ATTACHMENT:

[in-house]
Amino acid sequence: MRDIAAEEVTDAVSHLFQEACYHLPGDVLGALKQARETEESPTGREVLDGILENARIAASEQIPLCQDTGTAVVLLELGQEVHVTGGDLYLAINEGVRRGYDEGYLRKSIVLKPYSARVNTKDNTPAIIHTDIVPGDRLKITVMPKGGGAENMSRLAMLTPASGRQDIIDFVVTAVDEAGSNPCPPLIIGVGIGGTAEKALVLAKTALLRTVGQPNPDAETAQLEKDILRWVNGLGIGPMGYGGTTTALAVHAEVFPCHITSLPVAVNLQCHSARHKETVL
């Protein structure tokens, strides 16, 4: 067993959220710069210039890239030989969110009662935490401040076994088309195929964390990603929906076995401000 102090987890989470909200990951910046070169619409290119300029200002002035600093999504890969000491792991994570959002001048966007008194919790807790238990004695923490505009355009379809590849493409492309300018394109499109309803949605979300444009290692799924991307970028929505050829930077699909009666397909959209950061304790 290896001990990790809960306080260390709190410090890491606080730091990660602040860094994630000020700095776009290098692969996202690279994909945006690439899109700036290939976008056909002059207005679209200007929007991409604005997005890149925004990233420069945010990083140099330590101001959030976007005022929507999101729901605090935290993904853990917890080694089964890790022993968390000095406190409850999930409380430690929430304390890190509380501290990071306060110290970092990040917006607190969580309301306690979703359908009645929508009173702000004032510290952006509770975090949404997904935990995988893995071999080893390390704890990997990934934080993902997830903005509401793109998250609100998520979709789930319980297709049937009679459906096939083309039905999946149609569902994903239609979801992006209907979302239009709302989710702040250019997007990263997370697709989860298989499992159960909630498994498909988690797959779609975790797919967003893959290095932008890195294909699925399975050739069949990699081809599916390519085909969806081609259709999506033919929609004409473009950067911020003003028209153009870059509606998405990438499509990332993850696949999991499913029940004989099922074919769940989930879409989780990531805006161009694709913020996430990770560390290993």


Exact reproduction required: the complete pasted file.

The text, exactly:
[in-house]
Amino acid sequence: MRDIAAEEVTDAVSHLFQEACYHLPGDVLGALKQARETEESPTGREVLDGILENARIAASEQIPLCQDTGTAVVLLELGQEVHVTGGDLYLAINEGVRRGYDEGYLRKSIVLKPYSARVNTKDNTPAIIHTDIVPGDRLKITVMPKGGGAENMSRLAMLTPASGRQDIIDFVVTAVDEAGSNPCPPLIIGVGIGGTAEKALVLAKTALLRTVGQPNPDAETAQLEKDILRWVNGLGIGPMGYGGTTTALAVHAEVFPCHITSLPVAVNLQCHSARHKETVL
């Protein structure tokens, strides 16, 4: 067993959220710069210039890239030989969110009662935490401040076994088309195929964390990603929906076995401000 102090987890989470909200990951910046070169619409290119300029200002002035600093999504890969000491792991994570959002001048966007008194919790807790238990004695923490505009355009379809590849493409492309300018394109499109309803949605979300444009290692799924991307970028929505050829930077699909009666397909959209950061304790 290896001990990790809960306080260390709190410090890491606080730091990660602040860094994630000020700095776009290098692969996202690279994909945006690439899109700036290939976008056909002059207005679209200007929007991409604005997005890149925004990233420069945010990083140099330590101001959030976007005022929507999101729901605090935290993904853990917890080694089964890790022993968390000095406190409850999930409380430690929430304390890190509380501290990071306060110290970092990040917006607190969580309301306690979703359908009645929508009173702000004032510290952006509770975090949404997904935990995988893995071999080893390390704890990997990934934080993902997830903005509401793109998250609100998520979709789930319980297709049937009679459906096939083309039905999946149609569902994903239609979801992006209907979302239009709302989710702040250019997007990263997370697709989860298989499992159960909630498994498909988690797959779609975790797919967003893959290095932008890195294909699925399975050739069949990699081809599916390519085909969806081609259709999506033919929609004409473009950067911020003003028209153009870059509606998405990438499509990332993850696949999991499913029940004989099922074919769940989930879409989780990531805006161009694709913020996430990770560390290993």